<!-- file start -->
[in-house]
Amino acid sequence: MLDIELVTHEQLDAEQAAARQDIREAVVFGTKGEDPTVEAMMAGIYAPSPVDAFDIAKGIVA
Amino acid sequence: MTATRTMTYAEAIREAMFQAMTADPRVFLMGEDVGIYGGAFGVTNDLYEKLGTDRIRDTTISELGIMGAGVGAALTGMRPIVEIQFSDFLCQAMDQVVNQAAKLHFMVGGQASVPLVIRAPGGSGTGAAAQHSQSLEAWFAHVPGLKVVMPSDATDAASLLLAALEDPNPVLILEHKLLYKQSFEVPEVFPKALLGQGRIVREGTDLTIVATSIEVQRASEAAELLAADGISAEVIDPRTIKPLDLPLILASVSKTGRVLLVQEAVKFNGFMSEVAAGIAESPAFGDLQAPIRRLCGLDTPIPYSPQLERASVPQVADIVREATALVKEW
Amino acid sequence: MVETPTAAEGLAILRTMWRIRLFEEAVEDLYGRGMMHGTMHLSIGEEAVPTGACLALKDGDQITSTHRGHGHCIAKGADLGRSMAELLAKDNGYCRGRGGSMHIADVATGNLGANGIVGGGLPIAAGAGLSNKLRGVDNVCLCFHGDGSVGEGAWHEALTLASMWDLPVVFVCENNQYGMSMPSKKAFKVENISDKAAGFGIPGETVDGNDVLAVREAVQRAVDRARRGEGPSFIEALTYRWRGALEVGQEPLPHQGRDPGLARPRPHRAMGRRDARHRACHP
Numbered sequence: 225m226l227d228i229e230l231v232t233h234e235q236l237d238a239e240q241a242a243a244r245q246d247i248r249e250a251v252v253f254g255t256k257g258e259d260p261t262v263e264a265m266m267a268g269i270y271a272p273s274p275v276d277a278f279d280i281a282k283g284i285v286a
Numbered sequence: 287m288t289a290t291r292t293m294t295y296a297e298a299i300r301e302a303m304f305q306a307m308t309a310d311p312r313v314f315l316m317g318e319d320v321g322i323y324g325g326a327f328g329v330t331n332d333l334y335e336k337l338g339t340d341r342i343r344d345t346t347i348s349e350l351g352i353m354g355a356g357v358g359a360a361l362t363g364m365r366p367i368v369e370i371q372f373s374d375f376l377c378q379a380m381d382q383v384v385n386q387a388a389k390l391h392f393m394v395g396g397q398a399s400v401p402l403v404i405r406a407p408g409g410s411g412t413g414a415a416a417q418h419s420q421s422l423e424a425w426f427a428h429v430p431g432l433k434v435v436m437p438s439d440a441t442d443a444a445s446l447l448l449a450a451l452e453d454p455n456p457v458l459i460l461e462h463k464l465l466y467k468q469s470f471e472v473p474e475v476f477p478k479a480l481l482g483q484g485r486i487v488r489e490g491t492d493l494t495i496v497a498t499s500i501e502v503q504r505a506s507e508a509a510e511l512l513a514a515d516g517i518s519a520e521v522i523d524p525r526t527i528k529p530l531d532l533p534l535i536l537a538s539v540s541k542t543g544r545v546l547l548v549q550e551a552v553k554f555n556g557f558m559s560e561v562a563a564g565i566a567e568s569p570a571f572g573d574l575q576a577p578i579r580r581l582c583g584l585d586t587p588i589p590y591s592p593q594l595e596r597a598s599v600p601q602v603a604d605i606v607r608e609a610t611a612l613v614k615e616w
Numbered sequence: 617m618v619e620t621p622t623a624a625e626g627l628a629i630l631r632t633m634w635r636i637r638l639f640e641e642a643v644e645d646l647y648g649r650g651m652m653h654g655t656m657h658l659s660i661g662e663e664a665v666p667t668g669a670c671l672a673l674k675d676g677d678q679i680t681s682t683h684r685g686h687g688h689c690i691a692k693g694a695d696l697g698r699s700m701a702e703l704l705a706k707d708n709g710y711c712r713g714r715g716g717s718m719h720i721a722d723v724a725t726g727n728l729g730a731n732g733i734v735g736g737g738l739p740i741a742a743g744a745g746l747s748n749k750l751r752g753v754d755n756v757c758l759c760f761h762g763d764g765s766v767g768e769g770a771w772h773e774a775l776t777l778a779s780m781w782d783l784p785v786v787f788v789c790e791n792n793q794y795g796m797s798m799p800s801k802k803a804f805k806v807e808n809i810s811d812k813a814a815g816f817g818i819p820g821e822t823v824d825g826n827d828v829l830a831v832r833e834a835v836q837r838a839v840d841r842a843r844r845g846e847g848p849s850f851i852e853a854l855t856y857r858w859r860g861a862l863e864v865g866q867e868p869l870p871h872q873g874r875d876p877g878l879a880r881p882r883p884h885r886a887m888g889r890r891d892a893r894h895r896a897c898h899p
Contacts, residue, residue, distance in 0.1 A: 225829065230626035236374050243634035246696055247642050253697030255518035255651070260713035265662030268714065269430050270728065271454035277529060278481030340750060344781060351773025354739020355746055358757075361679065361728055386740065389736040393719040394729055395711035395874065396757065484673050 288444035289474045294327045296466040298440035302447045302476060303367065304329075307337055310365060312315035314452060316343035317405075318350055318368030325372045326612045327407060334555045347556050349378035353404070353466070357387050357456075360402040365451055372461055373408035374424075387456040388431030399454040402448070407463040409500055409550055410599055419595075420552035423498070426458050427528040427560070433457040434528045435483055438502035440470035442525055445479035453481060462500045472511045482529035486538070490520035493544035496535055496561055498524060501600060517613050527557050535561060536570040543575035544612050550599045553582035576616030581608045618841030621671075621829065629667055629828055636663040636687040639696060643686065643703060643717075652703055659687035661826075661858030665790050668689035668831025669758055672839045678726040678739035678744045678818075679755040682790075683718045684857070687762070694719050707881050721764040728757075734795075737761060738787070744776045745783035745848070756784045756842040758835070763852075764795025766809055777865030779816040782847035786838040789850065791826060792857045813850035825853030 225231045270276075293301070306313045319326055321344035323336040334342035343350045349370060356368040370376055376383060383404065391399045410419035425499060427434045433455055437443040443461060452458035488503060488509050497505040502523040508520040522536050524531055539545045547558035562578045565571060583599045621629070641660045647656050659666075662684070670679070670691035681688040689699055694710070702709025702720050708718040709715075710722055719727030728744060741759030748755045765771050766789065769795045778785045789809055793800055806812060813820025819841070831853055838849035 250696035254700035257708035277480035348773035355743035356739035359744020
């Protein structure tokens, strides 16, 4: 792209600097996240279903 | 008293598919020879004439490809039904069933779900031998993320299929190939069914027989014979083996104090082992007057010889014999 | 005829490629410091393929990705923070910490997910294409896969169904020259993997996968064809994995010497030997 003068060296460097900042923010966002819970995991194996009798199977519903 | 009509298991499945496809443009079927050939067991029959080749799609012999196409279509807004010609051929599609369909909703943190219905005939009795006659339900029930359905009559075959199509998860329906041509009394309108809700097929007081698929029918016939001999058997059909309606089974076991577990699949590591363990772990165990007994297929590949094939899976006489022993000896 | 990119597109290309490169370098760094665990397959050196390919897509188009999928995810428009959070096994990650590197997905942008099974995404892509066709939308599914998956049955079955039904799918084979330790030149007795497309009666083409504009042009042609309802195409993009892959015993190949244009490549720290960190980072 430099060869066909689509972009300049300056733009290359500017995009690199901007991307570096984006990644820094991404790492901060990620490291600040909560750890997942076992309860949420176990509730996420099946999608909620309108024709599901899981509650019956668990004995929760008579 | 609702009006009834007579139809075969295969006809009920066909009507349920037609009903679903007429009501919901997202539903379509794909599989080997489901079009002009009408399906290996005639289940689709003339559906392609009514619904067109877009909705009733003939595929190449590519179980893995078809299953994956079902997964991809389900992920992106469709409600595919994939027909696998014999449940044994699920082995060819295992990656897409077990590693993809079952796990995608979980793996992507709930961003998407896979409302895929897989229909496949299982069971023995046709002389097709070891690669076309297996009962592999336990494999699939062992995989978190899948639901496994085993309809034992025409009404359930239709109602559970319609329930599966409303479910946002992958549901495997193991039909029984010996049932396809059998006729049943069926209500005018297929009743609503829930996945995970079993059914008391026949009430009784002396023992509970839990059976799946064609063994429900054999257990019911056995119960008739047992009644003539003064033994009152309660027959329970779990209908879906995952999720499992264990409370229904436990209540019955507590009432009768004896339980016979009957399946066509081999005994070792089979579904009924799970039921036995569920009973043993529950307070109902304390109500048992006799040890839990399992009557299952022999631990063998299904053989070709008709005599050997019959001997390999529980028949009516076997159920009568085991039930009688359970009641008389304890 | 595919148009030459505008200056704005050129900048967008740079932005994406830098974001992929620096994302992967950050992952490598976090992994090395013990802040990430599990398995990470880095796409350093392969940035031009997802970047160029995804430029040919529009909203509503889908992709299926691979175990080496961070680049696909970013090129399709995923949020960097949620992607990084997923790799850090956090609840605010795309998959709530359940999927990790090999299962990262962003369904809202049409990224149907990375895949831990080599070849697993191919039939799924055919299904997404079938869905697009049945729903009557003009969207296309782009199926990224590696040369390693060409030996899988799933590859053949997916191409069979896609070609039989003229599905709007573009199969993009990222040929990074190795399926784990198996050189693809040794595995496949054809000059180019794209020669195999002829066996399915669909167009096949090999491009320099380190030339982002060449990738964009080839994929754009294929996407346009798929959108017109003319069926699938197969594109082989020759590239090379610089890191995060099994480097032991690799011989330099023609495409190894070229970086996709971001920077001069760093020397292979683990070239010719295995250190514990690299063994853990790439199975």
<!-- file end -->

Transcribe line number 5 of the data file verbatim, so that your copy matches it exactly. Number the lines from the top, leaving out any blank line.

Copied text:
Numbered sequence: 225m226l227d228i229e230l231v232t233h234e235q236l237d238a239e240q241a242a243a244r245q246d247i248r249e250a251v252v253f254g255t256k257g258e259d260p261t262v263e264a265m266m267a268g269i270y271a272p273s274p275v276d277a278f279d280i281a282k283g284i285v286a